England edged closer to the last eight at the rugby union World Cup on Sunday night following a 34-12 victory over Japan at the Allianz Riviera in Nice.
The result with a bonus point leaves Steve Borthwick’s side a win away from securing a berth in the knockout stages from Group D. That success should be obtained next Saturday at the Stade Pierre Mauroy against World Cup debutants Chile.
And it will be hailed as a triumph. England entered the tournament on the back of a dreadful streak that had furnished them with only two wins from their nine games in 2023.
Fly-half George Ford orchestrated the 14-man 27-10 triumph over Argentina in the opening match in Marseille on 9 September by kicking all 27 points.
And the 30-year-old, who collected 14 points on Sunday night, was deemed man-of-the-match for executing a rugged and unenthralling kicking strategy.
“Delighted with another win,” he deapanned after he was presented with his trophy.
“A tough game. We knew it would be as Japan never give in.
“We had to change the way we attack to get the points we needed but there’s no frustration from our end. We know what it takes to win test matches. We’re two from two. But we’ve got to get better next week, and there’s more in us.”
Eleven handling errors told the grim story of the first-half in which Ford and his Japanese counterpart, Rikiya Matsuda, swapped penalties in the first 17 minutes and after the water break Matsuda knocked over another.
Bu Japan’s lead was fleeting. Kyle Sinckler snatched a loose ball at a line out near the Japanese five-metre line and though he could force his way through, Lewis Ludlam went over when the ball was recycled for the first try of the game.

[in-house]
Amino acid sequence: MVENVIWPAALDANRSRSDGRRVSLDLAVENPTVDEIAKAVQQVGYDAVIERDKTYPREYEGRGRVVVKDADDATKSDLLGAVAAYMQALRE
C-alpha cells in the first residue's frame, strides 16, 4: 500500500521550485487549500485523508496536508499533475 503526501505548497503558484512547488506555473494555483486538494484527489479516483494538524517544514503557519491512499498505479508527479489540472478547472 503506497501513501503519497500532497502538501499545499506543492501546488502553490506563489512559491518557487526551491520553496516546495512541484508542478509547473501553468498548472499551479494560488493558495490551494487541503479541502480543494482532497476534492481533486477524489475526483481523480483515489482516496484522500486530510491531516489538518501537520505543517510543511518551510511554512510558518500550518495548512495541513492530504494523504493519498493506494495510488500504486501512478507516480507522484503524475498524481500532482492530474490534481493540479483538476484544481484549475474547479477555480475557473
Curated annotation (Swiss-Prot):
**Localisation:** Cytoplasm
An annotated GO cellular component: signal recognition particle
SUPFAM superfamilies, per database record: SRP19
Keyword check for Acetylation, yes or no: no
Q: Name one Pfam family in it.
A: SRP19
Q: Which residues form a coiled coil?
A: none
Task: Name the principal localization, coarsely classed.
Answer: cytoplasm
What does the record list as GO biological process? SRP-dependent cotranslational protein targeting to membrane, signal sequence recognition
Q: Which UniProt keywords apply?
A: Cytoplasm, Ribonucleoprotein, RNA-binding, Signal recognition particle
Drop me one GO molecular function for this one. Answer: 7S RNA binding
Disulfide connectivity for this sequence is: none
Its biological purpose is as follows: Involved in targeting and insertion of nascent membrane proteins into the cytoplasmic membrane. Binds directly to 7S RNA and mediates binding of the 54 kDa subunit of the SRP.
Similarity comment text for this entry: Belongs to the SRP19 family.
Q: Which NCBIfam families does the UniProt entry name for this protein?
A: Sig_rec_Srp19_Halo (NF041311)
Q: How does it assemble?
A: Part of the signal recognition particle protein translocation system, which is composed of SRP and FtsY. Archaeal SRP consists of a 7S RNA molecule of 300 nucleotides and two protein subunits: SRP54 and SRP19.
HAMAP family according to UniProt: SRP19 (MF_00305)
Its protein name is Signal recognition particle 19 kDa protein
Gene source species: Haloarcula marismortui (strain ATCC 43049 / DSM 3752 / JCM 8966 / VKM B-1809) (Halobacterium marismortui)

Ford added the two points for a 10-6 lead after 30 minutes.
England’s indiscipline cost them straight away. Jonny May clattered into Lomano Lemeki late after the full-back kicked clear and a penalty was awarded from where the ball landed in England’s half.
A grateful Matsuda racked up his personal and Japan’s tally to nine points before Ford responded with another penalty on the stroke of half-time to send England into the break with a 13-9 lead.
After 14 gruelling minutes in the second-half, another penalty and another three points from Matsuda brought Japan to within a point.
But the game turned on a freak. As England were moving the ball to the left wing, it hit Will Stuart’s arm, bounced forward off Joe Marler’s head and into the grasp of Courtney Lawes who trotted over the line as the Japan players waited for the whistle for a knock-on. The try was confirmed by the video referees and England – despite their failure to impose creativity – had conjured up the unusual.
The after-effects of such sorcery were in evidence when Ford angled a kick cross field for Freddie Steward to pluck out of the air and touch down with a fluidity that had been absent from myriad passages of play.
Ford converted to effectively seal the contest. Joe Marchant’s try late on belied the struggle.
Earlier in Group C, Fiji created the first huge shock of the tournament with a 22-15 victory over Australia in Saint-Etienne.
“I’m emotionally drained,” said Simon Raiwalui, who took over as Fiji’s coach in February. “I couldn’t be prouder.”
Such a result had been in the offing though. In the prelude to the World Cup, Fiji won the Pacific Nations Cup, ran France close and beat England at Twickenham in the warm-ups.
“I told the boys, today is our final,” said skipper Waisea Nayacalevu. “Today will determine whether we want to go up to the quarters, so the mindset was do or die, do our best, fight to the end and the result will take care of itself.”
Reigning champions South Africa brooked no such catastrophe. They pulverised Romania 76-0 in Bordeaux.
Originally published on RFI